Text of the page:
In an editorial entitled Rio Arriba Turnout Much Better Than State, National, the Rio Grande Sun stated that 76% of Rio Arribans turned out to the polls compared to a statewide rate of 62%. The author went on to note that the mill levy was voted on by an unusually high number of people.
It appears that in fiscally impoverished Rio Arriba, where many people have to negotiate dirt roads to vote, 15,239 registered voters cast their ballots for President, with 73% supporting Barack Obama.
The hospital mill levy passed with 68% voting for, 32% against; 13,326 people cast their votes even though it was the last item on a very long ballot. (I seem to recall that the last time the mill levy came up for a vote eight years ago, only three or four thousand people participated.) On the average only 11,958 persons voted for each of the eight constitutional amendments and bonds that preceded the mill levy.
Sixty-three percent of Rio Arriba residents voted for Martin Heinrich.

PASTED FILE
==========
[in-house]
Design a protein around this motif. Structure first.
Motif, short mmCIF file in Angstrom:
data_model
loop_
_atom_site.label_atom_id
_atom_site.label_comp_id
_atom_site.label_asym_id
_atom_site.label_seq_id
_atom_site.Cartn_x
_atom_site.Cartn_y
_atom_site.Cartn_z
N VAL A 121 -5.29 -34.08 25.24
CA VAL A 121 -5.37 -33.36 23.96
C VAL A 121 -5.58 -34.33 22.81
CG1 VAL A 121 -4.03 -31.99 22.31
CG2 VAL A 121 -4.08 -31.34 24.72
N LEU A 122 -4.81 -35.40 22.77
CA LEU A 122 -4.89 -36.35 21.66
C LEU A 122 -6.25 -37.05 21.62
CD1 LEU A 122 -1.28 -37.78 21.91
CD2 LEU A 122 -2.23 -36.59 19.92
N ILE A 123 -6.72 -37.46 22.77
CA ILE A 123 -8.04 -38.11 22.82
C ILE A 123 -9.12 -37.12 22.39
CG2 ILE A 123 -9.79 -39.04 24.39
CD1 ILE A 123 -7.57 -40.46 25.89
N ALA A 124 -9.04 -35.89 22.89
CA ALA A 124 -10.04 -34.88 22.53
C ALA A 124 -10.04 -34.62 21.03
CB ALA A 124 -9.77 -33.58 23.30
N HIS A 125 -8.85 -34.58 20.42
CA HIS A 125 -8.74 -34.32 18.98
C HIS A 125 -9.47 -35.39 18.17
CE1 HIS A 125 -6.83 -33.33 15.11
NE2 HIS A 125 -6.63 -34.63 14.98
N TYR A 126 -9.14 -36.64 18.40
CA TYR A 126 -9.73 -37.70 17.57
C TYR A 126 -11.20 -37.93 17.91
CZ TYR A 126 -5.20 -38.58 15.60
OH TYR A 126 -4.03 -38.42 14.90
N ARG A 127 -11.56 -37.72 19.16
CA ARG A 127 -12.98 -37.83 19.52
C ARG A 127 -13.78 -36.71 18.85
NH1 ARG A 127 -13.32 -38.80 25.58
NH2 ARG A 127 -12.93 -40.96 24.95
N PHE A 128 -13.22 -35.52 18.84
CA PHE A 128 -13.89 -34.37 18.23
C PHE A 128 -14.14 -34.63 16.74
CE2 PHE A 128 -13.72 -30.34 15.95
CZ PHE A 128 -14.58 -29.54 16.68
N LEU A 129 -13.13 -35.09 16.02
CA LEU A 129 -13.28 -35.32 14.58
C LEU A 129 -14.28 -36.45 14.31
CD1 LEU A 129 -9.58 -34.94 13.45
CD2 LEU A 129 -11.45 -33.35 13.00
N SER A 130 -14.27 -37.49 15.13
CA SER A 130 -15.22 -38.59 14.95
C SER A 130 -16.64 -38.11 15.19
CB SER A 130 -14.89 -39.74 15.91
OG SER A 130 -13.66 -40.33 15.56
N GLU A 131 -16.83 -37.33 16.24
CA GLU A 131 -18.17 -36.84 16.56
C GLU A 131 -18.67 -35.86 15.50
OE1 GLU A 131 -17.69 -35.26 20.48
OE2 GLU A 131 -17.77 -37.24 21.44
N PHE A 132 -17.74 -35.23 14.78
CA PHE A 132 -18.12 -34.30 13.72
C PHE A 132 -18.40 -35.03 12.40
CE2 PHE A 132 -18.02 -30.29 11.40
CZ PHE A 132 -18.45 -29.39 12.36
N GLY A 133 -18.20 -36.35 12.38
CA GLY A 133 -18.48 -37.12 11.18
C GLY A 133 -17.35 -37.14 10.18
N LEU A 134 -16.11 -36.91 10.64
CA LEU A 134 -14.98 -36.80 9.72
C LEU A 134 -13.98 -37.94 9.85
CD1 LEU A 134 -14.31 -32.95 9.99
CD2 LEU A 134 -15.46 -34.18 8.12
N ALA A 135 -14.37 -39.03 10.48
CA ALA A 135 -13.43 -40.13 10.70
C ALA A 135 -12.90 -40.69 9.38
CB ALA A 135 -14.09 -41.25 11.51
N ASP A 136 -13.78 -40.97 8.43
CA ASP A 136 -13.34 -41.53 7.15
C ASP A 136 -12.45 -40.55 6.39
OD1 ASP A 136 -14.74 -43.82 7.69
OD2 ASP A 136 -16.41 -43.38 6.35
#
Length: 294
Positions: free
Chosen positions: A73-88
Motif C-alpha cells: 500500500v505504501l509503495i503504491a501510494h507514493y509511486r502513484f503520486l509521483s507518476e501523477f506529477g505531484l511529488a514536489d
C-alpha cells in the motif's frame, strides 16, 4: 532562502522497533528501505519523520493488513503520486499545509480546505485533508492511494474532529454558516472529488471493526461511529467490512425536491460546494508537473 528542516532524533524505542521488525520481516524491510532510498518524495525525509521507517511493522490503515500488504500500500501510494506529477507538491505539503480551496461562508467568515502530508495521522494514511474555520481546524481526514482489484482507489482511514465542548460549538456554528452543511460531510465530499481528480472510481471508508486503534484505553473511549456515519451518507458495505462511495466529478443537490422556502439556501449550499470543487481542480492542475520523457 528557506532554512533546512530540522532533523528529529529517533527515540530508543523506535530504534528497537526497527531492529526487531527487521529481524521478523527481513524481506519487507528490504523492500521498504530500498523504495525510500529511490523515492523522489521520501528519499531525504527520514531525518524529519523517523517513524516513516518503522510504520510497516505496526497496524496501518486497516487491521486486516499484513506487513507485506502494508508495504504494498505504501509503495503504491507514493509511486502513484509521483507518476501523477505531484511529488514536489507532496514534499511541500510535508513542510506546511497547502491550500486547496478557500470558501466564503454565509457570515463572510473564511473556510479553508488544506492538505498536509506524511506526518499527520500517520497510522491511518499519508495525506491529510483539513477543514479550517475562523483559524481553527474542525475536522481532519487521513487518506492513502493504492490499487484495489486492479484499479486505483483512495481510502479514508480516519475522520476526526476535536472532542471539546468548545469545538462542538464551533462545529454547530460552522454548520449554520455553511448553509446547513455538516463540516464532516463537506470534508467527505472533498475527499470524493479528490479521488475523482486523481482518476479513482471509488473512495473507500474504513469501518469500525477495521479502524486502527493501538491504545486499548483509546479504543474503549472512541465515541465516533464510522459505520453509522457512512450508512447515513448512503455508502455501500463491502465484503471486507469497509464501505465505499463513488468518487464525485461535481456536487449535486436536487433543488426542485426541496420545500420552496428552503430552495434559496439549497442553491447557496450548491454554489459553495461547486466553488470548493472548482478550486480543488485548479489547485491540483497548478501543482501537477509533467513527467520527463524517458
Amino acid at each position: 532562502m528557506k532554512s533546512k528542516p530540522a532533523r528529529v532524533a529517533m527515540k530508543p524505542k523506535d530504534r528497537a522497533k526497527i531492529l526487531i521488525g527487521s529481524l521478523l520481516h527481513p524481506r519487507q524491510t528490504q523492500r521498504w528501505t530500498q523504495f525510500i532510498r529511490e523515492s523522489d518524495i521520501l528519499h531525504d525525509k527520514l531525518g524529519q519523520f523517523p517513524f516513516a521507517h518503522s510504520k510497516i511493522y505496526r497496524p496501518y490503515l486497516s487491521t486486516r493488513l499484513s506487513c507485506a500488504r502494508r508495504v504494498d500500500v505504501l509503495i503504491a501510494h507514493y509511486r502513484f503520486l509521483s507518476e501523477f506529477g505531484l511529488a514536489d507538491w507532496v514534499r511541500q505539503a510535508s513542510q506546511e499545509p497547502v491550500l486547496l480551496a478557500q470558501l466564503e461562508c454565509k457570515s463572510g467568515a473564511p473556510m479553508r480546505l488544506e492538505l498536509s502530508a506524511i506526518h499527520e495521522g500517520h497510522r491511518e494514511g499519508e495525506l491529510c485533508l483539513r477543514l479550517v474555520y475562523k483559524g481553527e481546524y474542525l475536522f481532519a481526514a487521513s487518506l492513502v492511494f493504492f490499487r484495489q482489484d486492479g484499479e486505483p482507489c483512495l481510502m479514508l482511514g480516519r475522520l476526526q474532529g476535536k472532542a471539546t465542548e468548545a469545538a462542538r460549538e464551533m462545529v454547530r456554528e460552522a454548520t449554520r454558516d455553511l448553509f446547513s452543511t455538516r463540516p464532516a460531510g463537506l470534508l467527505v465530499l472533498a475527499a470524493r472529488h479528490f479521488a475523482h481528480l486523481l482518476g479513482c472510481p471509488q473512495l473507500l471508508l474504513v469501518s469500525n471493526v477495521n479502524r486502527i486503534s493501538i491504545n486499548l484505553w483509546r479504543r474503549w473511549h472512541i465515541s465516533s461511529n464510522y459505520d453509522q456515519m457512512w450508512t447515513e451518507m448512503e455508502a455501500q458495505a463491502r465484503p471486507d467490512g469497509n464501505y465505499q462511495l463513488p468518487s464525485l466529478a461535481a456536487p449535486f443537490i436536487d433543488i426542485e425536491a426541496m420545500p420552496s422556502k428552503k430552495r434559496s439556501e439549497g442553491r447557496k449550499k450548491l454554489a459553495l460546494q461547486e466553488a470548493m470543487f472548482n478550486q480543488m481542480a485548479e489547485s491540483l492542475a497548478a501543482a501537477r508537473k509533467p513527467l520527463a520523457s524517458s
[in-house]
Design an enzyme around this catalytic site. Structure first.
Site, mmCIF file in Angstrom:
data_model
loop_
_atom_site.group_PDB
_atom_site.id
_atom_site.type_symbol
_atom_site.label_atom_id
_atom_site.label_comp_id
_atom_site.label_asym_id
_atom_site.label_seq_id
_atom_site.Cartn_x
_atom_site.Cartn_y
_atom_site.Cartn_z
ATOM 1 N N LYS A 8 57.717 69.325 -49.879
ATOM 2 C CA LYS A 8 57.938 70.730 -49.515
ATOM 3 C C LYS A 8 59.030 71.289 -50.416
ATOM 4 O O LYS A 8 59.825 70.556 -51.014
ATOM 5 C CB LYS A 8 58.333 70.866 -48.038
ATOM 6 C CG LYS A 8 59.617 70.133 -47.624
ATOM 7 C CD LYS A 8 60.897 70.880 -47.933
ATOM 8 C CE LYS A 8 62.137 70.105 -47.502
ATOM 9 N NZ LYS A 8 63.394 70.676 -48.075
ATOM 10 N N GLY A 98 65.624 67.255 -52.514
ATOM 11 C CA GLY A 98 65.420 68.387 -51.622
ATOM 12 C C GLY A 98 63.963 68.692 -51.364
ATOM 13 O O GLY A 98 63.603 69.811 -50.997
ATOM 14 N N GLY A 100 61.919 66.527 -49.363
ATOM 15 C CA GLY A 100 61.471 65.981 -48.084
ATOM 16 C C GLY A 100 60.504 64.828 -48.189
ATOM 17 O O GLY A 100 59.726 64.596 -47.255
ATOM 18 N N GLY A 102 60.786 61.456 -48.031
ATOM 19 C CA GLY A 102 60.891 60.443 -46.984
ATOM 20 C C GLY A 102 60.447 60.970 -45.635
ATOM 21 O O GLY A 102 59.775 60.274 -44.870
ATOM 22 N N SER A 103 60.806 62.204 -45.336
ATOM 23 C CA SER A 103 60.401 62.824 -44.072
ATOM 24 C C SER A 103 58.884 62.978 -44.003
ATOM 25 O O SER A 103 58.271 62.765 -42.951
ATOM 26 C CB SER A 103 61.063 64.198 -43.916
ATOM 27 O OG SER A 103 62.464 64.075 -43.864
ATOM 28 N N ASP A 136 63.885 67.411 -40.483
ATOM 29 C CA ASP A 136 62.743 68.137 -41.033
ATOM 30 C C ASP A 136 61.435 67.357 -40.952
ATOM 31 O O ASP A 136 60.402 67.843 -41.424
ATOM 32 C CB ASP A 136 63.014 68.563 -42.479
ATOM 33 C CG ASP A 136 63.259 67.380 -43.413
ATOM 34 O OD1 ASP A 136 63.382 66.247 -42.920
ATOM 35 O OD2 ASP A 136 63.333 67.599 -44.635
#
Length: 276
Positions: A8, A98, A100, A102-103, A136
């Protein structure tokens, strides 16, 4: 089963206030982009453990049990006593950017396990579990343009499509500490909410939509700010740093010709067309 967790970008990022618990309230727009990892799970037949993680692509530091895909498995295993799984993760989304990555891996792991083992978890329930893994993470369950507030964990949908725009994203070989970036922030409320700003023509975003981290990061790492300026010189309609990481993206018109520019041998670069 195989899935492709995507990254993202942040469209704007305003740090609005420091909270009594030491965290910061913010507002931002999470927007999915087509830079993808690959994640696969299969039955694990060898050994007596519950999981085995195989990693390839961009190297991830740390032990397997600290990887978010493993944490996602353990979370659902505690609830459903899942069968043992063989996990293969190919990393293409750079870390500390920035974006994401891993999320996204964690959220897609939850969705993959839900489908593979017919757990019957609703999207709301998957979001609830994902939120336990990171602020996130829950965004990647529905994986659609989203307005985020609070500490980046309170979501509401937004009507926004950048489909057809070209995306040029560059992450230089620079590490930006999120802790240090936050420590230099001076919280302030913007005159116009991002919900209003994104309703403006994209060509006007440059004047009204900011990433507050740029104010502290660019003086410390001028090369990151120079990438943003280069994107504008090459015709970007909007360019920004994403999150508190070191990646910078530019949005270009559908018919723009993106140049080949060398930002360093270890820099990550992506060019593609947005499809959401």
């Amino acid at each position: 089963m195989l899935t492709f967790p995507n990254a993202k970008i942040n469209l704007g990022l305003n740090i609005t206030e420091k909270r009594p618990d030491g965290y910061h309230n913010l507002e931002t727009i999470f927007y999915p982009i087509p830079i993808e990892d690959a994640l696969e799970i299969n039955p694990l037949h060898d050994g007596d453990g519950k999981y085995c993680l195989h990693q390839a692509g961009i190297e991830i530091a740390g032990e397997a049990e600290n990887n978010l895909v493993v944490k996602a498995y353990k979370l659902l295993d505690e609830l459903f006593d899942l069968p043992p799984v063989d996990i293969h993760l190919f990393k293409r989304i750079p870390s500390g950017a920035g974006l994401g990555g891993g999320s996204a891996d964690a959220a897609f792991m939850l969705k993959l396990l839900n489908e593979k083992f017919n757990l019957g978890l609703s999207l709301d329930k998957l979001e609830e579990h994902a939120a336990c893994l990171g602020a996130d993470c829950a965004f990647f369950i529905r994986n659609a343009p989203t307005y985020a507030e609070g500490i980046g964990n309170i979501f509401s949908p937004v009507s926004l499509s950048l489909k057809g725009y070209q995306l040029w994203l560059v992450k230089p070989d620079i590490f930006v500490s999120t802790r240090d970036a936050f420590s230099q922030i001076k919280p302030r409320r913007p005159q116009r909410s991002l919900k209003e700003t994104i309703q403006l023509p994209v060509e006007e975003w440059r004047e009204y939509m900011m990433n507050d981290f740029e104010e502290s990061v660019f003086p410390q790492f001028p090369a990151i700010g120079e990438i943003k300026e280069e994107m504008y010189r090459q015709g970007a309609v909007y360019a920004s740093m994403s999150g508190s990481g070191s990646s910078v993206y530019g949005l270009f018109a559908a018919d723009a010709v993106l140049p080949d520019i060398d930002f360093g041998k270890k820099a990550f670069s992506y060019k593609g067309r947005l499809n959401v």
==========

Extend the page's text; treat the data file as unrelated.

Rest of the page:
Eighty-one percent voted for Congressman Ben Ray Lujan.
I can't possibly claim credit for inspiring all this voting. Jennie Chamblee, Mary Parsaca, Jim Beverwyk and all the other local Organizing for America volunteers have been energetically knocking doors for a year. But all politics are local. I hope that making myself and my provider friends useful (and incidentally reminding people to vote for our local hospital mill levy) helped. The data seems to indicate that immunizing elders is an effective GOTV strategy.
Shucks, before the election, even the owner and publisher of the paper had to grudgingly endorse the mill levy towards the end of an editorial gratuitously slamming me and other county officials for supposedly buying votes with County Indigent Funds.
However, the paper's endorsements appeared to matter less than face-to-face contact. While it endorsed some bond issues and panned others, all the bonds and constitutional amendments passed with an average of 65% of the vote regardless of endorsement.
Hilariously, in last week's editorial, the bemused publisher, who couldn't understand why his advice about the bonds had been ignored, concluded in a local sort of way that Rio Arriba's enthusiasm for voting was because people here want free stuff.
We’re also going to continue to fund Rio Arriba County health services in all its facets, including giving free health care to whomever has the proper connections in the County administration.
So the bottom line is, we drove up voter turn-out in Rio Arriba by promoting a health care tax!!!!!!!
And we did it, by providing actual care.